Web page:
On the 29th of January 2021, the Immigration Service Delivery suspended the acceptance of new visa/preclearance applications with the exception of Emergency/Priority cases. They also suspended the issuing of new visas where applicants had applied prior to the 29th of January 2021. The suspension was initially introduced to last until the 5th of March 2021, however, has been extended on numerous occasions and is now in place indefinitely.

The suspension has caused huge stress, upset and anxiety amongst those affected, including the multiple families who remain separated due to this draconian measure.

Sinnott Solicitors appeared before the High Court this afternoon on behalf of two of our clients in an urgent Judicial Review application seeking a challenge to the refusal of the visa office to issue a decision.

Our clients are a French national and her Indian spouse. The Indian national applied for a join spouse visa in December 2020, to join his wife, an EU citizen who is exercising her EU Treaty Rights in the State pursuant to the European Communities (Free Movement of Persons) Regulations 2015. The visa office has refused to process our client’s visa application on foot of the policy decision of the Minister for Justice to refuse to accept/process visa applications. The application in this case should have been processed by way of accelerated process as the family member of an EU national exercising EU Treaty Rights in the State. The application has been pending for 5 months at this juncture,  and it is the position of the visa office that the visa application will not be processed until further notice and/or until travel restrictions are lifted.

This is an unacceptable situation in circumstances where it is a clear breach of Regulation 4(3)(b) of the European Communities (Free Movement of Persons) Regulations 2015 and is ultra vires section 31A of the Health Act 1947 and/or regulation 4(2)(a) of the European Communities (Free Movement of Persons) Regulations 2015. In addition, we submit that the refusal to accept the visa application as falling within the category of “[p]ersons travelling for imperative family … reasons” is unreasonable and/or contrary to law.  Moreover, it is clear that the visa office has disproportionately interfered with, the rights of our clients’, a married couple and family unit, and each of them under articles 40.3 and 41 of the Constitution, article 7 of the Charter of Fundamental Rights of the European Union and/or under article 8 of the European Convention on Human Rights.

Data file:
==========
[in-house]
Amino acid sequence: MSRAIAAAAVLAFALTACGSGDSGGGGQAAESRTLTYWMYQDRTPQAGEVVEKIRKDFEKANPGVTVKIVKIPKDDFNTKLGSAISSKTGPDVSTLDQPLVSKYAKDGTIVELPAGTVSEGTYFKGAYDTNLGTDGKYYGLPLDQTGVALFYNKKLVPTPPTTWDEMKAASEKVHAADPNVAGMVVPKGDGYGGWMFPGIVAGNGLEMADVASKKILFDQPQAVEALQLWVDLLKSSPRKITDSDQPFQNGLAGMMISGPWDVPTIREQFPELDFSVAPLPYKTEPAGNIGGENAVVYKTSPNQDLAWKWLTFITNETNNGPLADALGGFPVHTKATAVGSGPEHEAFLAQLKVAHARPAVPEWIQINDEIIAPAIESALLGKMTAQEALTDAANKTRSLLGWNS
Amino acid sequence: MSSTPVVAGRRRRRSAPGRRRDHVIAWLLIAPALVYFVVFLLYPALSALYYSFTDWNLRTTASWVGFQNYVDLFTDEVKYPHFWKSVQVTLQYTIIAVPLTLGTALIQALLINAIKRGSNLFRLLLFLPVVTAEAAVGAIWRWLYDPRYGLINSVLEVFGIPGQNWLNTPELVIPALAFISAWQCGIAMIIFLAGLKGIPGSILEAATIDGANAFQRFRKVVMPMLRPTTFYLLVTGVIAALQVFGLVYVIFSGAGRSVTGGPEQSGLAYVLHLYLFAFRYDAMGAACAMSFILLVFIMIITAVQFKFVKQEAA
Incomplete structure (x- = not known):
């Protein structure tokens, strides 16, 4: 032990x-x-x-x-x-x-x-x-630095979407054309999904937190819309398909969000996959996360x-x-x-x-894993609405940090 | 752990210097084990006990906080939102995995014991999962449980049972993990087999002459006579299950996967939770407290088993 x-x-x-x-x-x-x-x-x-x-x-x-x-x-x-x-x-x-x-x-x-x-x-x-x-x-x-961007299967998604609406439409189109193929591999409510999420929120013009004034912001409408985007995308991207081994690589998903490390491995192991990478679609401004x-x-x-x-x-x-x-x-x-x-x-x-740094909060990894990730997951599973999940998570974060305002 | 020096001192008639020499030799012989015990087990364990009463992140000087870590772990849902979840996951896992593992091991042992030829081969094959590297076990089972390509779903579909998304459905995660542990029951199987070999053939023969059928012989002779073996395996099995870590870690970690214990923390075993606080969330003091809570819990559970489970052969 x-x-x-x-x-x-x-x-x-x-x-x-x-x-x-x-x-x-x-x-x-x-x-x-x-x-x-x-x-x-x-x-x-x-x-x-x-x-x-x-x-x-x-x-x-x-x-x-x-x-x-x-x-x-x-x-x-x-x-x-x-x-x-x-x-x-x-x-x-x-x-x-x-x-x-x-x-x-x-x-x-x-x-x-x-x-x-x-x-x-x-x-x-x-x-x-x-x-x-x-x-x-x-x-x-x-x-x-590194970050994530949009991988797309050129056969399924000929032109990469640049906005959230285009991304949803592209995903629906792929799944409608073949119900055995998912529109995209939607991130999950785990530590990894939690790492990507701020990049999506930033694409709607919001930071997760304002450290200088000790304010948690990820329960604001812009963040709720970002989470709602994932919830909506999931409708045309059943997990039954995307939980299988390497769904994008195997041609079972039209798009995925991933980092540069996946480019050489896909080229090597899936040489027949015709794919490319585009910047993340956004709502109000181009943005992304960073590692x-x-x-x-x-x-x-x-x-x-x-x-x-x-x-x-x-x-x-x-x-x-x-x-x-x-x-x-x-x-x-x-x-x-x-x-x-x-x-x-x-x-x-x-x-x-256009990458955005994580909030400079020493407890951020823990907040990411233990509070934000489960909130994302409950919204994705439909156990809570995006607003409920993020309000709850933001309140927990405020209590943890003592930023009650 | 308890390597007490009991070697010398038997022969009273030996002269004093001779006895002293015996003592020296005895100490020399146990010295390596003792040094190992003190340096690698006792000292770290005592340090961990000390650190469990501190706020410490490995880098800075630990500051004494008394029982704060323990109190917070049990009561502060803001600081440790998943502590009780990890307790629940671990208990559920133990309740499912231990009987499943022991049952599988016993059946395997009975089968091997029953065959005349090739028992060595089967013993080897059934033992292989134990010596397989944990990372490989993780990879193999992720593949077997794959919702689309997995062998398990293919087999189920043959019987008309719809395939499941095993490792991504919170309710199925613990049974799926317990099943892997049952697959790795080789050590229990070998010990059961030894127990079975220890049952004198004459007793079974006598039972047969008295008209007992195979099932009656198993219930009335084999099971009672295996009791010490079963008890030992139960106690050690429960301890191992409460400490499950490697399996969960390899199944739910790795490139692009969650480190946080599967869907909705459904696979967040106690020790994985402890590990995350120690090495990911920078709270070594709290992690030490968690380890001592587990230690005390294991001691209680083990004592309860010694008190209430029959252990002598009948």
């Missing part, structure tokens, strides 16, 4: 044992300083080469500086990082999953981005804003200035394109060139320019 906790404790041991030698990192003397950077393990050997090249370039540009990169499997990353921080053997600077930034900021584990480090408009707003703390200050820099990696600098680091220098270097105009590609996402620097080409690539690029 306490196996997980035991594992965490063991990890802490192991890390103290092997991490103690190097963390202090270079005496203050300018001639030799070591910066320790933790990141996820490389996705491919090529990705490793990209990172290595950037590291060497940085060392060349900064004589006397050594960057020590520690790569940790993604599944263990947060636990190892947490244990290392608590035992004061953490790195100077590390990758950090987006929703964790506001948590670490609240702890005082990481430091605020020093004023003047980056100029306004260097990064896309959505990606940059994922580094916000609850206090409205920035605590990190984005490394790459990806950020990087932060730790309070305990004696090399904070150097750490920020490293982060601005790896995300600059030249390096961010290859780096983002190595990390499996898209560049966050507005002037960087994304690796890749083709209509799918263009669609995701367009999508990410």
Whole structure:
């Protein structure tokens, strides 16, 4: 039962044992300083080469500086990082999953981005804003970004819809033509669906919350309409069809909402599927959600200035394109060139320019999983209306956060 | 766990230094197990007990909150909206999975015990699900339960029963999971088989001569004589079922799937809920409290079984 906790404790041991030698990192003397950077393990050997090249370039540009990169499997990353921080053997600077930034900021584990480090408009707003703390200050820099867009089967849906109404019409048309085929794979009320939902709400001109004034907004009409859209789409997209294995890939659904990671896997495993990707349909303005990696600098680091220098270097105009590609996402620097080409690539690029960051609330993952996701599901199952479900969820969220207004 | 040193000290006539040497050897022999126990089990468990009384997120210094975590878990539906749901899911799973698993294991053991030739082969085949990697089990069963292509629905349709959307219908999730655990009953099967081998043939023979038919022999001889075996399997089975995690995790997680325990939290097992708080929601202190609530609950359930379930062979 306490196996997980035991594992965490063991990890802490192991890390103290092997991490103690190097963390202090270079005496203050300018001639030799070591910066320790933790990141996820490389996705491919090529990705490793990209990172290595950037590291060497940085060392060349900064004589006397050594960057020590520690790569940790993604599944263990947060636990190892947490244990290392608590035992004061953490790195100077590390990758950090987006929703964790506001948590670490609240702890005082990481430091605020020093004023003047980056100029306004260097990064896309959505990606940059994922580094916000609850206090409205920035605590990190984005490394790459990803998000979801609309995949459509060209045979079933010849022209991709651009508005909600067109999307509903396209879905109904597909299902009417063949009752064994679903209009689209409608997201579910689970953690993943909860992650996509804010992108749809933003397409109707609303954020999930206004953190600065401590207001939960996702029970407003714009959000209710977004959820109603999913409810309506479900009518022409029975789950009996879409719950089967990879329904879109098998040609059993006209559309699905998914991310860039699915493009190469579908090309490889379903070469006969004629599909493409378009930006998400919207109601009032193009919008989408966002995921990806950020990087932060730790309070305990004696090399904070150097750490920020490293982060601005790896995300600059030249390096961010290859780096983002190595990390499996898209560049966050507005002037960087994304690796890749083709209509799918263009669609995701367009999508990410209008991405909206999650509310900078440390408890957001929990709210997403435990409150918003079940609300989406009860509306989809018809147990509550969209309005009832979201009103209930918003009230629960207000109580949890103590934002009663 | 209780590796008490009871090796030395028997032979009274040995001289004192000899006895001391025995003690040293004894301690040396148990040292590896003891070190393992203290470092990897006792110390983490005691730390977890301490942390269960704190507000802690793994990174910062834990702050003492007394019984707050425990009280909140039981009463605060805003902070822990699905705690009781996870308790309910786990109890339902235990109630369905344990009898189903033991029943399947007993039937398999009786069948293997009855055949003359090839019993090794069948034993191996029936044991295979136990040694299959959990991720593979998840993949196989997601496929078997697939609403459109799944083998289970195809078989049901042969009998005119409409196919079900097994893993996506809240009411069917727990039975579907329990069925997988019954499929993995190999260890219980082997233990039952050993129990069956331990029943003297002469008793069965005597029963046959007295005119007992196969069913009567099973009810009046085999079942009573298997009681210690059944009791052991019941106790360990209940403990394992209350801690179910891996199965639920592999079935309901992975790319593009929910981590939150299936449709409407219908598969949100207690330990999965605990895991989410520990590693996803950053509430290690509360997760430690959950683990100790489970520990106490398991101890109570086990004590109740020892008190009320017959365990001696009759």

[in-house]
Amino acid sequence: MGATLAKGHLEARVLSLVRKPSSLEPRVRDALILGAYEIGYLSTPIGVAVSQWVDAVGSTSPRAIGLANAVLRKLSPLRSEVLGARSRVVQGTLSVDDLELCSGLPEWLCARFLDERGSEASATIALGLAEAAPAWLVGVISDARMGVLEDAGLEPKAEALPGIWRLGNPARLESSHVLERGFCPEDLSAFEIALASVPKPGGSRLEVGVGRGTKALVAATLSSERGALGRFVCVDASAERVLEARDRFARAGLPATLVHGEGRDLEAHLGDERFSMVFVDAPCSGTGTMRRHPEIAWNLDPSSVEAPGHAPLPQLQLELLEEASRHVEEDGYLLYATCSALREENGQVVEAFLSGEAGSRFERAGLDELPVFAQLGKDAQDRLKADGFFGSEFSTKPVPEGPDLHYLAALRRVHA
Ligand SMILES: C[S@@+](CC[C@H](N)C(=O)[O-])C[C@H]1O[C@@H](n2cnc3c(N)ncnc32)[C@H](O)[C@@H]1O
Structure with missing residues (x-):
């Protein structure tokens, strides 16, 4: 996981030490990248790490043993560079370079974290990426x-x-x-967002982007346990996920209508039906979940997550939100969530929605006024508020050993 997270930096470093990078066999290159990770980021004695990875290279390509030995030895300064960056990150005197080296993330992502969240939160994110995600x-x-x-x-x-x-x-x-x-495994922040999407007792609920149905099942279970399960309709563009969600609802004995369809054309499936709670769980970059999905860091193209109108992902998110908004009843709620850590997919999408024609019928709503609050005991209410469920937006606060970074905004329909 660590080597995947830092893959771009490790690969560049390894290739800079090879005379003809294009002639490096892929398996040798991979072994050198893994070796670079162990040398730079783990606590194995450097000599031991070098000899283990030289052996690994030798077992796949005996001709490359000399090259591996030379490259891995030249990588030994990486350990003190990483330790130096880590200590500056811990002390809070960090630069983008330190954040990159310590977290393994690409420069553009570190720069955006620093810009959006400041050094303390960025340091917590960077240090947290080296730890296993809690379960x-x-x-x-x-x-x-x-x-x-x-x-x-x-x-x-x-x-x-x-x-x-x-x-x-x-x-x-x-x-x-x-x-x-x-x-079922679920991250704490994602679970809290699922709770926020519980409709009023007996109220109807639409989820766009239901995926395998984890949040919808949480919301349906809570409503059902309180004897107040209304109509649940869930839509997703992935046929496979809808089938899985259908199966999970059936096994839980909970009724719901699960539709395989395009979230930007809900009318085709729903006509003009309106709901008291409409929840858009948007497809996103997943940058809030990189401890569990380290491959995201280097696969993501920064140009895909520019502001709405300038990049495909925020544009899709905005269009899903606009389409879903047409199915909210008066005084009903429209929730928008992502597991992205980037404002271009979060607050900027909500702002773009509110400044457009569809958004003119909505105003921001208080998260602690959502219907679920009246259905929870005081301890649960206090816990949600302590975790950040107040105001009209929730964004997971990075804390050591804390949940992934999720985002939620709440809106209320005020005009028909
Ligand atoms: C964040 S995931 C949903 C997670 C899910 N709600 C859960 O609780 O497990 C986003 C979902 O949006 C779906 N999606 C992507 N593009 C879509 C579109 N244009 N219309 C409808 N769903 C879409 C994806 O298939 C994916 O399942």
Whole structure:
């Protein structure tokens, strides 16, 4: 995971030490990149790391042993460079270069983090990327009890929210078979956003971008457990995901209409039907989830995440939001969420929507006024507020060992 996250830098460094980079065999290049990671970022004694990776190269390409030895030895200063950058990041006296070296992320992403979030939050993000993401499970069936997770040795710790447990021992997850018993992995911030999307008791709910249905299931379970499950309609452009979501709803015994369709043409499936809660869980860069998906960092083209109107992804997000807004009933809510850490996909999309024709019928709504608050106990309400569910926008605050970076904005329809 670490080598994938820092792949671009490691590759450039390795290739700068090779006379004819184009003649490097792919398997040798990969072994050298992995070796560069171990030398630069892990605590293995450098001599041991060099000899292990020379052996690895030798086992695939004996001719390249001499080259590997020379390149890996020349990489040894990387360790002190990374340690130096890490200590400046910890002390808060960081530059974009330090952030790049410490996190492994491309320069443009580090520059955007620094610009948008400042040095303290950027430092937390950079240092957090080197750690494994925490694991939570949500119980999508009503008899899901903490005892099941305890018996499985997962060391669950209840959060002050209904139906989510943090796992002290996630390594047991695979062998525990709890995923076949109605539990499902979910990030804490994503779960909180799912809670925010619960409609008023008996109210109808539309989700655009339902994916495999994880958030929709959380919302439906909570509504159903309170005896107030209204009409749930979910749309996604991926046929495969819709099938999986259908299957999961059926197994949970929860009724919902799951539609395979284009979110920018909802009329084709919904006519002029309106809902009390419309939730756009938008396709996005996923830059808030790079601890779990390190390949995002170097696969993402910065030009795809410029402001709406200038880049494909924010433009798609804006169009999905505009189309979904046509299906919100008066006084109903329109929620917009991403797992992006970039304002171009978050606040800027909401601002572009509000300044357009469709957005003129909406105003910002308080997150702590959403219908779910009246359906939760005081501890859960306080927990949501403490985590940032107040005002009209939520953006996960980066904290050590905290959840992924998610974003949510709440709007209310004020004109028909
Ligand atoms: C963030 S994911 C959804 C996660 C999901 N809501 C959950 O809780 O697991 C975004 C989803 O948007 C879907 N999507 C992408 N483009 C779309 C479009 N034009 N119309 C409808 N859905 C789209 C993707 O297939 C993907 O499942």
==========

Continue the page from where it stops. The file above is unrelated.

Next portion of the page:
Our clients have sought an order of mandamus from the High Court to compel the visa office to issue a decision on the visa  application and/or an order of certiorari quashing the refusal of the visa office to process the visa application.  They remain separated indefinitely due to the refusal of the visa office to process and issue a decision on the application. It has has caused enormous uncertainty and distress to our clients and there are many visa applicants in the same situation at present.

Ms Justice Burns directed that the Minister for Justice be put on notice of the leave application and made the matter returnable to Thursday the 20th of May at 10.30am. We will post an update on the matter following court attendance on Thursday morning.

If you have been affected by the current policy of the visa office to refuse to accept new visa applications, or issue your visa, do not hesitate to contact our immigration department in Cork or Dublin today on 014062862/0212028080  or info@sinnott.ie to discuss the matter further.